the tube is not properly seated during installation. Overheating of 
lamp holders, if not corrected, could generate fumes and smoke, 
causing concern to passengers and crew.
    This directive mandates repetitive inspection[s] for proper 
installation [and functioning] of fluorescent tubes and prohibits 
installation of non-arc-protected replacement fluorescent lamp 
ballasts.
    The unsafe condition could result in an in-flight fire. The 
corrective actions include replacing any lamps that are not properly 
seated in the lamp holder, and replacing any broken, non-functioning 
lamp holders. Replacing all affected fluorescent lamp ballasts would 
terminate the repetitive inspections.

Actions and Compliance

    (f) Unless already done, do the following actions.
    (1) Within 1,000 flight hours after the effective date of this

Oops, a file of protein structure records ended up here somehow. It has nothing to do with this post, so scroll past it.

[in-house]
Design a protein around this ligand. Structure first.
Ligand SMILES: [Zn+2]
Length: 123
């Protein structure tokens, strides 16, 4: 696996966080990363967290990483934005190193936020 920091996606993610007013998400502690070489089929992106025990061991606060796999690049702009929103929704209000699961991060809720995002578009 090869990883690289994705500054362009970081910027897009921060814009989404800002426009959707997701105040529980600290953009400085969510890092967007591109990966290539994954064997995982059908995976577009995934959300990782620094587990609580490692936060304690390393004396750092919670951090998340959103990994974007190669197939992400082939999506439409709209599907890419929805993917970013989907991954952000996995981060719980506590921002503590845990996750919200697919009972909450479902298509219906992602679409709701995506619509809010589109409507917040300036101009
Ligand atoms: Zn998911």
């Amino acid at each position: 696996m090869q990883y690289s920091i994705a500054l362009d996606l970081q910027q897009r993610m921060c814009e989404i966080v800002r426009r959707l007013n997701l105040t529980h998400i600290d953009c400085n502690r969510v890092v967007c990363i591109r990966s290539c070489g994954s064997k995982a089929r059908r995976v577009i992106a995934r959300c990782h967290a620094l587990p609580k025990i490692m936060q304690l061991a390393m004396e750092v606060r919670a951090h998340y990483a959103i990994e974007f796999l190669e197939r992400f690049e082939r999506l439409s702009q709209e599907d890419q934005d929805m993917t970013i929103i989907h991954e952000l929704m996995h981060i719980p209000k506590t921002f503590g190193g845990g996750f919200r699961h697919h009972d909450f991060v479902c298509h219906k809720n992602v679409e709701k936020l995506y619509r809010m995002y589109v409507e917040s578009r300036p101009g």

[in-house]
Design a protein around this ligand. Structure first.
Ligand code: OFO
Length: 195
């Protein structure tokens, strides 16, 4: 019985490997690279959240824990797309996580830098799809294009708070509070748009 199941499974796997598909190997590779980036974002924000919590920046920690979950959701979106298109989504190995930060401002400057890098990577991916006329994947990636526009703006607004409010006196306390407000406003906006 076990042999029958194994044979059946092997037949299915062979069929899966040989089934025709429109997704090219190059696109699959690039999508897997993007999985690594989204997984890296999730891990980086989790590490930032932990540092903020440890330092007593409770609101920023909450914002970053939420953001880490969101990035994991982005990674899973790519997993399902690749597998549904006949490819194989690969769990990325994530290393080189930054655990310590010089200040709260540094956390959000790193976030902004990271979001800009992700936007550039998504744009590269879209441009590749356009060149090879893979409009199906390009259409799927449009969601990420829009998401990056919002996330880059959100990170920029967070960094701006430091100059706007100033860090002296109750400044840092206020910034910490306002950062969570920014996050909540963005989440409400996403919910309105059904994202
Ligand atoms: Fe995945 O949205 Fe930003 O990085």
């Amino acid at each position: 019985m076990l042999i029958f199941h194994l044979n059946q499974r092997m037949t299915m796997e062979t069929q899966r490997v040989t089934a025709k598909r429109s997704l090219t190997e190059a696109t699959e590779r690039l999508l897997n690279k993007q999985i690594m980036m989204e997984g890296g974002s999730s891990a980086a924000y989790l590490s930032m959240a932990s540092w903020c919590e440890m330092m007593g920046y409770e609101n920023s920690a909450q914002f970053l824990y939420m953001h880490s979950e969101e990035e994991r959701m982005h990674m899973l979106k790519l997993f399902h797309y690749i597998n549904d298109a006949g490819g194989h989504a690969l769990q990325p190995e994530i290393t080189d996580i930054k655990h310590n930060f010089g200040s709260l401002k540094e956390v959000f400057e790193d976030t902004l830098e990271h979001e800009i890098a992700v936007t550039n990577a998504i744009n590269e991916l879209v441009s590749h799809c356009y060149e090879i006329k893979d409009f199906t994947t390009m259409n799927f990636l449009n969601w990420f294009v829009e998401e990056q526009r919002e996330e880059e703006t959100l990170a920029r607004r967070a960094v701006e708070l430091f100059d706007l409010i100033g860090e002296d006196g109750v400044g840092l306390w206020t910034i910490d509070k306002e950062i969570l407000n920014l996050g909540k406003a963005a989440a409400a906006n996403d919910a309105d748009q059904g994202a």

AD: Perform a visual inspection to ensure proper installation and 
functioning of the fluorescent tubes in the lamp holders, and 
perform all applicable corrective actions before further flight, in 
accordance with the Accomplishment Instructions of Viking Service 
Bulletin V7-33-01, dated February 28, 2008. Repeat the inspection 
thereafter at intervals not to exceed 1,000 flight hours.
    (2) Replacing all fluorescent lamp ballasts having part number 
(P/N) BAO8006-1 and BA[O]8006-28-1 with new fluorescent lamp 
ballasts having P/N BR9000-21, in accordance with the Accomplishment 
Instructions of Viking Service Bulletin V7-33-01, dated February 28, 
2008, terminates the repetitive inspections required by paragraph 
(f)(1) of this AD.

FAA AD Differences

    Note: This AD differs from the MCAI and/or service information 
as follows: No differences.

Other FAA AD Provisions

    (g) The following provisions also apply to this AD:
    (1) Alternative Methods of Compliance (AMOCs): The Manager, New